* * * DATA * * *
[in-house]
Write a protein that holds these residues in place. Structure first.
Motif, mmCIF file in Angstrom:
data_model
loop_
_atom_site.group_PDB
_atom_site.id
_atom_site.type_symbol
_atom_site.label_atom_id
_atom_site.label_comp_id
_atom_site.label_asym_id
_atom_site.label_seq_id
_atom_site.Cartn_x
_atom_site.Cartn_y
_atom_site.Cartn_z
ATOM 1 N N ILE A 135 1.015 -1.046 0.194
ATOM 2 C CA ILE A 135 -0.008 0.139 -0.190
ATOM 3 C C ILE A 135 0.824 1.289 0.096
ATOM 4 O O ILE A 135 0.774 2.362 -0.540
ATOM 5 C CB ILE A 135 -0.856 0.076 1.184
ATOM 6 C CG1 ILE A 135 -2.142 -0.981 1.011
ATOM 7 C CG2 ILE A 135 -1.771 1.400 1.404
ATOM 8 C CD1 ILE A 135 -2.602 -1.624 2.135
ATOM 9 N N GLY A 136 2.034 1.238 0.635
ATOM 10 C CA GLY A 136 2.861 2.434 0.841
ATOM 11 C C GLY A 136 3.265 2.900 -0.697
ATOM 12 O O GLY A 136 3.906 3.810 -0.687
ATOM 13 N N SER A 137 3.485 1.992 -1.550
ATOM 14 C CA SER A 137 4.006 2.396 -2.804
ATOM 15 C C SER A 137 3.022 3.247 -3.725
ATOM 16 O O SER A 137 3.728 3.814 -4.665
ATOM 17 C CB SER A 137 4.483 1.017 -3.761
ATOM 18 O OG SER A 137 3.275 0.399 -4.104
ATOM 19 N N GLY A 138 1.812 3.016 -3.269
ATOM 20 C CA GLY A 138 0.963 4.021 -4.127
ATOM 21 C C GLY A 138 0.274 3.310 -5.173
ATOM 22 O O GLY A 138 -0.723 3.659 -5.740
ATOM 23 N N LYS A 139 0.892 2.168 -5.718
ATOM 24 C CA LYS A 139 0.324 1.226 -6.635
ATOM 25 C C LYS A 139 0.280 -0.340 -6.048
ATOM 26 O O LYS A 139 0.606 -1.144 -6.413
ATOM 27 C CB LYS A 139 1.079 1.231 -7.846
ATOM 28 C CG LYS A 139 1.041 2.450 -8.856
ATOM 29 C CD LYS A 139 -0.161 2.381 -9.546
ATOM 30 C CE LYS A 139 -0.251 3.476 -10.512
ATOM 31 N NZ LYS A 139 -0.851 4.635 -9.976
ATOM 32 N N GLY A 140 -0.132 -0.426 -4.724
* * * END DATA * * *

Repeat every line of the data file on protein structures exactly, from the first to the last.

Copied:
[in-house]
Write a protein that holds these residues in place. Structure first.
Motif, mmCIF file in Angstrom:
data_model
loop_
_atom_site.group_PDB
_atom_site.id
_atom_site.type_symbol
_atom_site.label_atom_id
_atom_site.label_comp_id
_atom_site.label_asym_id
_atom_site.label_seq_id
_atom_site.Cartn_x
_atom_site.Cartn_y
_atom_site.Cartn_z
ATOM 1 N N ILE A 135 1.015 -1.046 0.194
ATOM 2 C CA ILE A 135 -0.008 0.139 -0.190
ATOM 3 C C ILE A 135 0.824 1.289 0.096
ATOM 4 O O ILE A 135 0.774 2.362 -0.540
ATOM 5 C CB ILE A 135 -0.856 0.076 1.184
ATOM 6 C CG1 ILE A 135 -2.142 -0.981 1.011
ATOM 7 C CG2 ILE A 135 -1.771 1.400 1.404
ATOM 8 C CD1 ILE A 135 -2.602 -1.624 2.135
ATOM 9 N N GLY A 136 2.034 1.238 0.635
ATOM 10 C CA GLY A 136 2.861 2.434 0.841
ATOM 11 C C GLY A 136 3.265 2.900 -0.697
ATOM 12 O O GLY A 136 3.906 3.810 -0.687
ATOM 13 N N SER A 137 3.485 1.992 -1.550
ATOM 14 C CA SER A 137 4.006 2.396 -2.804
ATOM 15 C C SER A 137 3.022 3.247 -3.725
ATOM 16 O O SER A 137 3.728 3.814 -4.665
ATOM 17 C CB SER A 137 4.483 1.017 -3.761
ATOM 18 O OG SER A 137 3.275 0.399 -4.104
ATOM 19 N N GLY A 138 1.812 3.016 -3.269
ATOM 20 C CA GLY A 138 0.963 4.021 -4.127
ATOM 21 C C GLY A 138 0.274 3.310 -5.173
ATOM 22 O O GLY A 138 -0.723 3.659 -5.740
ATOM 23 N N LYS A 139 0.892 2.168 -5.718
ATOM 24 C CA LYS A 139 0.324 1.226 -6.635
ATOM 25 C C LYS A 139 0.280 -0.340 -6.048
ATOM 26 O O LYS A 139 0.606 -1.144 -6.413
ATOM 27 C CB LYS A 139 1.079 1.231 -7.846
ATOM 28 C CG LYS A 139 1.041 2.450 -8.856
ATOM 29 C CD LYS A 139 -0.161 2.381 -9.546
ATOM 30 C CE LYS A 139 -0.251 3.476 -10.512
ATOM 31 N NZ LYS A 139 -0.851 4.635 -9.976
ATOM 32 N N GLY A 140 -0.132 -0.426 -4.724